The RDR consistently portrays the RPF and, by extension, all Tutsi as outsiders and usurpers. Such distortion and reversal of historical reality, which belittles the significance of the genocide, is common throughout the RDR’s documents. The RDR refers regularly to Hutu refugees as “Rwandan and Burundian” refugees, while Tutsi refugees are referred to simply as Tutsi.
The implication here is that Tutsi belong to their ethnic group, rather than to their nation, and that Hutu are the rightful heirs to power in Rwanda and Burundi. The governments in Rwanda and Burundi are described as “Tutsi-led” or “minority”regimes, implying a lack of popular credibility or an inherent injustice in anything but majority—that is, Hutu—rule. Maintaining the argument that the RPF and all Tutsi are outsiders, Press Release No. 11 of 1 July 1995 states that the RPF’s high command “is exclusively made up of former members of a foreign army” and refers to “the so- called national assembly,” while another statement refers to “the so–called national parliament” in Rwanda, reinforcing the notion of the illegitimacy of RPF rule in Rwanda. Generally speaking, in the RDR’s press releases, the terms “RPF” and “Tutsi” are used interchangeably and contrasted with descriptions of Hutu as “true Rwandans,” “the Rwandan people” and “the population.”
The RDR continually attempts to distance the RPF from the “Rwandan people,” implying that the RPF is not truly Rwandan and instead a self-imposed and discredited government; “a clique of individuals, who are desperately trying to cling to power against the verdict of the people.”
Such statements echo the claim in the RDR’s Political Platform that the RPF government “has no political or social base; it is not representative of the population. It is a government that took power through military force by an ethnocentric oligarchy, which so far has not been able to win the hearts of the people over which it rules.”
The RPF is portrayed as an occupying force; an administration of non-Rwandans subjecting true Rwandans—Hutu—to repressive, minority rule.
The myth of Tutsi being “foreigners” or “outsiders” is not new in Rwanda. After 1959, successive governments maintained that the Tutsi were foreigners who needed to be eradicated. Killing Tutsi by throwing them in the Nyabarongo River was considered part of sending them back to their purported origin—Ethiopia, via the River Nile. In a more modern version of this argument, the RDR’s Press Release No. 67 of 17 April 1996 describes economic migrants and foreigners who have been given legal rights to property in which they had been “squatting” since the genocide, allegedly as part of an attempt by the RPF to “enhance its political constituency.”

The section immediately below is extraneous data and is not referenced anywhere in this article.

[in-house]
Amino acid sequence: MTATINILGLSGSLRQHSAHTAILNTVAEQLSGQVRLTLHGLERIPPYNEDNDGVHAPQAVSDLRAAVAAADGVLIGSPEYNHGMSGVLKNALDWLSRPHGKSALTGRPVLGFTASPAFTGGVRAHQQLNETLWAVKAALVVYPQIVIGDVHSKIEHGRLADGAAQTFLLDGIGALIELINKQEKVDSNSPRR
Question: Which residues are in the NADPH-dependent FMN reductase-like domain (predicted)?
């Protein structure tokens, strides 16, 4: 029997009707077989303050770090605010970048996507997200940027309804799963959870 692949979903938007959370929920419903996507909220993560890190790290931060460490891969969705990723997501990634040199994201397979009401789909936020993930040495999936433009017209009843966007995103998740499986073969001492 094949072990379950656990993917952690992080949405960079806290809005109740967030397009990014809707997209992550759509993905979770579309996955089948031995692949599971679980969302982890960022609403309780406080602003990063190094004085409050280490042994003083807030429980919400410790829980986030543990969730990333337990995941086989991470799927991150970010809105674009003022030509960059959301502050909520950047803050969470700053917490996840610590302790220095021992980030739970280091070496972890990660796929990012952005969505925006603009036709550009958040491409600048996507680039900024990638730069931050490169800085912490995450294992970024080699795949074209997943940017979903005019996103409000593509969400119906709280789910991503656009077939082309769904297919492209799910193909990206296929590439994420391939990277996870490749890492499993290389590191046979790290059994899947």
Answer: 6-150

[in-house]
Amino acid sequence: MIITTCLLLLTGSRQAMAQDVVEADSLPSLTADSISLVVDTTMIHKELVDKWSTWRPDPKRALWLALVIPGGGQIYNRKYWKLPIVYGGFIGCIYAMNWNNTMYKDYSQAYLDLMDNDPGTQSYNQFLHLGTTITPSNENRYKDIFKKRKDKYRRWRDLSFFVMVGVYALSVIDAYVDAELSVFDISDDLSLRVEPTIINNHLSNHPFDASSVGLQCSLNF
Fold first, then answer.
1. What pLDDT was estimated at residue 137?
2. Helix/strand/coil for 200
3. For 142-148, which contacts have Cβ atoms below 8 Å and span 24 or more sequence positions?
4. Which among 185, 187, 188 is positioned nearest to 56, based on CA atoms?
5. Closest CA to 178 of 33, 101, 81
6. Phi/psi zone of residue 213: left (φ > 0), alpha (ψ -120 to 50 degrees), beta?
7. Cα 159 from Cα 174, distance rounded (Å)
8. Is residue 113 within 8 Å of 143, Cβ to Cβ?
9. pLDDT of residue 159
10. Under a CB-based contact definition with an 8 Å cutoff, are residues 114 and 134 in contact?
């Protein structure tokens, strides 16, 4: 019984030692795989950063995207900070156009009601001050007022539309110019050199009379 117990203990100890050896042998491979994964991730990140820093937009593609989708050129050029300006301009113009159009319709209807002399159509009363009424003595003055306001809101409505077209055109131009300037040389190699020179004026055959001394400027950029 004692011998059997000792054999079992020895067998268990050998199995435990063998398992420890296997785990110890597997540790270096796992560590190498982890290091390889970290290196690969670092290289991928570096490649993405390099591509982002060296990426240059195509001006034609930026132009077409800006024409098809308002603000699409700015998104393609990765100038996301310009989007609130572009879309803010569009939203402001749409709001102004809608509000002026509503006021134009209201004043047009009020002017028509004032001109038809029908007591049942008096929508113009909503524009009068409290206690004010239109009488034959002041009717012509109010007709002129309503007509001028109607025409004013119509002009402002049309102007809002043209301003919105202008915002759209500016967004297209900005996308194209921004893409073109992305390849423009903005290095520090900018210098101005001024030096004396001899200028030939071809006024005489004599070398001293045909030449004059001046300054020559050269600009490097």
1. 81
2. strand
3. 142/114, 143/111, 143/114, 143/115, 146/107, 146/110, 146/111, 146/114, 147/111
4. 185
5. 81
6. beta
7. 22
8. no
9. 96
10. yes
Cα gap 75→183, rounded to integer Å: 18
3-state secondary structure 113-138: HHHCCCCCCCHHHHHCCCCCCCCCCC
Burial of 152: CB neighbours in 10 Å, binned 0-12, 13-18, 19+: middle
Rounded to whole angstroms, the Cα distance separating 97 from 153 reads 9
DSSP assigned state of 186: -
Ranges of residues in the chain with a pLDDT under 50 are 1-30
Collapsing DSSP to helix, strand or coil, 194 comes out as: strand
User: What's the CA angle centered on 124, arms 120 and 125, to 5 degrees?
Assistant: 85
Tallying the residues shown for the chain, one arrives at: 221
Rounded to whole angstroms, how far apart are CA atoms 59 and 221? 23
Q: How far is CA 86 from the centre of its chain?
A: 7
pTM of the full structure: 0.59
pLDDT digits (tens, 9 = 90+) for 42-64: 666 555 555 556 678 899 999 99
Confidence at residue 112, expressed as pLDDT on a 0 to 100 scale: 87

Such a policy, the RDR argues, is “rewarding those aliens for their contribution towards the RPF war.” This implies that the RPF is not a party for Rwandans; that to maintain power it must buy support from outside of the country and can only govern with the help of foreigners. An RDR statement on 4 June 1996 accuses the RPF of needing to “pay a moral debt to Tutsi in Zaire who financed the RPF war,” alleging that the RPF relies on foreigners, especially members of the Tutsi diaspora, to stay in power.
The RDR often claims that it desires to create a Rwanda free of ethnocentric politics, but its language frequently belies this. In its Press Release No. 6, the RDR argues that the ICTR was established to “judge Hutu suspected of having committed the crime of genocide.”
Such a statement is unnecessarily divisive: why not speak of “suspected génocidaires” rather than “Hutu”? The RDR’s implication here is that Hutu are unfairly singled out and subjected to ethnic discrimination by their accusers. Despite purporting to want to banish divisive ethnic considerations from politics and from the national conscience, the RDR makes explicit comparisons between ethnic groups. For instance, in the aforementioned communiqué, the RDR asks, “what would the commission [tasked with investigating deaths in the Kibeho refugee camp] have said if, during the regime of the late President Habyarimana, Tutsi who had taken refuge in Kiziguro parish… had been forced out by firearms?”